[Id. at 215, 403 A.2d 437 (quoting Johnson v. Harrison, 47 Minn. 575, 50 N.W. 923, 924 (1891)).]
See also Bucino v. Malone, 12 N.J. 330, 343-44, 96 A.2d 669 (1953) (holding that single object rule of Article IV, Section 7, Paragraph 4 is not violated when act's title "embrace[s] but one general purpose" and "[a]ll provisions of the act are in furtherance of this purpose"). The single object rule, we stated, is designed to protect against
See also Behnke v. New Jersey Highway Auth., 13 N.J. 14, 32, 97 A.2d 647 (1953) (stating that purpose of single object clause in Article VIII, Section 2, Paragraph 3 is to ensure that "money thus provided cannot be expended for one purpose under the guise of another ... for the protection of the State's revenue and credit as well as for an understanding appraisement of the project by the electorate").
In sum, to survive a challenge based on the single object rule, the State need show only that the individual parts of a statute or of a bond issue meet the "relatedness" test. We concluded that the bond proposal in Lan was constitutional because its purpose was to build facilities for those who were "in custody or other circumstances [and so had] need for State care, protection and rehabilitation," all of which were related through that purpose. Lan, supra, 80 N.J. at 216, 403 A.2d 437. See also Parking Auth. of Atlantic City v. Bd. of Chosen Freeholders, 180 N.J.Super. 282, 300, 434 A.2d 676 (Law Div.1981) (sustaining act establishing public agency to implement public transportation system and ordering dissolution of pre-existing municipal parking authorities under Article IV, Section 7, Paragraph 4 "one object" requirement because component parts of
Neither the courts below nor the parties in the case dispute that the Resolution meets the single object test. Although the Resolution makes discrete substantive changes to the Constitution, only one provision of the Constitution is affected. Moreover, each change furthers the same purpose: to dedicate additional monies to the Transportation Trust Fund thereby giving it greater stability in years to come. Finally, the degree of relatedness between the sources of funding and the Trust Fund easily meets the single object threshold: taxes on motor fuels and petroleum products are obviously related and, as the Interpretive Statement to the Resolution makes clear, the amount of dedicated revenue from the Sales and Use Tax under the Amendment is roughly equal to one-third of the amount collected from the sale of new motor vehicles, also a related source.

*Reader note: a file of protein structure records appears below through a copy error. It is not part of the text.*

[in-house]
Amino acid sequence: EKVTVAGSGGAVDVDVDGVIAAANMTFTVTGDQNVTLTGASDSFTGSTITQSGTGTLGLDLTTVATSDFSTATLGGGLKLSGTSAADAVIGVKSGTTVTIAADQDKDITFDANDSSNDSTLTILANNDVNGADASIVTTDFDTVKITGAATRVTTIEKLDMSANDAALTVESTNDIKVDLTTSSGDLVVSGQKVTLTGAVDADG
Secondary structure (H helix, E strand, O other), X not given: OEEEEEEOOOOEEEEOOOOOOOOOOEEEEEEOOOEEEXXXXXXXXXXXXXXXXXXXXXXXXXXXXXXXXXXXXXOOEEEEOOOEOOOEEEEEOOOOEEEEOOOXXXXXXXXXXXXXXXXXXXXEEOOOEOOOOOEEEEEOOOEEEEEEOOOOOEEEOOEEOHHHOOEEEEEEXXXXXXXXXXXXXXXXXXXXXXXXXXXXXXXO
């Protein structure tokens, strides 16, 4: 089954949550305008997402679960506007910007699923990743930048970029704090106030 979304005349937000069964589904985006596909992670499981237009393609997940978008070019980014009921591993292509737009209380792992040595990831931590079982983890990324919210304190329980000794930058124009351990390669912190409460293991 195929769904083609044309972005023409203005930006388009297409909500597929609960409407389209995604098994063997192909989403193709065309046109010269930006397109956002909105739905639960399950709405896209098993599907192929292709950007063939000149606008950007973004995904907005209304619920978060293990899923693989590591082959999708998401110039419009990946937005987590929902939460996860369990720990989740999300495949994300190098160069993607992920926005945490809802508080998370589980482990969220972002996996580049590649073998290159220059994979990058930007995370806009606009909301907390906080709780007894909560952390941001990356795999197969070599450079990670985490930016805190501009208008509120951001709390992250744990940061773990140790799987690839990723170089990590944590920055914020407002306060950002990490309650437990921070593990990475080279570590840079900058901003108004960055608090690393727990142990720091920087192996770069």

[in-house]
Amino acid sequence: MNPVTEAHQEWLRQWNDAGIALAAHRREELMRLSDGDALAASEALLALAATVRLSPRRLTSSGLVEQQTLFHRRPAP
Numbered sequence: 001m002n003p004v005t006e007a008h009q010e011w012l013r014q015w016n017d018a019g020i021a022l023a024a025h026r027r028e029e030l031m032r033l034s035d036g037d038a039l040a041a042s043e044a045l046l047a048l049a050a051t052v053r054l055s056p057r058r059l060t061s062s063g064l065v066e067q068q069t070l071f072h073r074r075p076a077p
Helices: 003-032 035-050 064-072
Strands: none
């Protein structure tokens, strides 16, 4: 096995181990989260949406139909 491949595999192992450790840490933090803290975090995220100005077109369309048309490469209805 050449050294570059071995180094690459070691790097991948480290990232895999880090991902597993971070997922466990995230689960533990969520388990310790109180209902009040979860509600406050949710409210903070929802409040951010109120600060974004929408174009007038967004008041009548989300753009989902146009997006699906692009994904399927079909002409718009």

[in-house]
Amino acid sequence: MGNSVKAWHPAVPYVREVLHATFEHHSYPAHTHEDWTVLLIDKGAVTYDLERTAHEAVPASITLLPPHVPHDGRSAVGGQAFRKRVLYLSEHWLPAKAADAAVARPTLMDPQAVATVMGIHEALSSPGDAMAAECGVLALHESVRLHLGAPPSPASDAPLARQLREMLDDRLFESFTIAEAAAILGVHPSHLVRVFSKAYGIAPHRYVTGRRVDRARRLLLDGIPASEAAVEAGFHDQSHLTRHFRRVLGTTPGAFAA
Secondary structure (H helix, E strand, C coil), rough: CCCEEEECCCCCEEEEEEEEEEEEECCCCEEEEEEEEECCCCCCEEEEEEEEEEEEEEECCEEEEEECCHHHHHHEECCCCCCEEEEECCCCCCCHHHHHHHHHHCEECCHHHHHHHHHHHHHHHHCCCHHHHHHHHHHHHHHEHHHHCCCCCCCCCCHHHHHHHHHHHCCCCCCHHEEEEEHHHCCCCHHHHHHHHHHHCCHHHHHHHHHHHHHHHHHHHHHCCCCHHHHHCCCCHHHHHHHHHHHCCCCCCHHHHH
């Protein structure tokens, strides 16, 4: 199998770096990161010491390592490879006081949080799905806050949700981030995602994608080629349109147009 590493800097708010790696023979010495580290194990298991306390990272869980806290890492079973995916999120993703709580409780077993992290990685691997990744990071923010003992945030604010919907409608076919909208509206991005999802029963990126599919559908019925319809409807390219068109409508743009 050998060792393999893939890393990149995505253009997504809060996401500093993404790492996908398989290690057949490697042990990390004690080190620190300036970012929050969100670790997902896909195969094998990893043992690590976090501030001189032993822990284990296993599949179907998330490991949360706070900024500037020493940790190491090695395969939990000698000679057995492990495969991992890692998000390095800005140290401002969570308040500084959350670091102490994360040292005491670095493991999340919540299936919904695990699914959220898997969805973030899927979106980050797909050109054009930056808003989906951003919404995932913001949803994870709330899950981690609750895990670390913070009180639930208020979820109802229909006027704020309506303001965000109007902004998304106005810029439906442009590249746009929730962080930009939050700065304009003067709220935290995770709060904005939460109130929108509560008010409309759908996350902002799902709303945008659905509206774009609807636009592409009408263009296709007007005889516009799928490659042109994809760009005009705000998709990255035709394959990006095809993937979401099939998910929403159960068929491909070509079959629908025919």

The question we must answer therefore is whether Article IX, Paragraph 5 requires more than the relatedness test of the single object rule. There are some indications of the framers' intent regarding that question in the history of the provision itself.
Article IX of the Constitution of 1844 contains language nearly identical to that of Article IX, Paragraphs 1 and 5 of the 1947 Constitution.
We take from the quoted exchange that the framers expected Article IX to encompass the requirements of the single object provisions.
There is also documentary evidence from the Constitutional Convention of 1947 suggesting that the separate vote requirement is not as narrow as plaintiffs claim it to be. As noted above, plaintiffs argue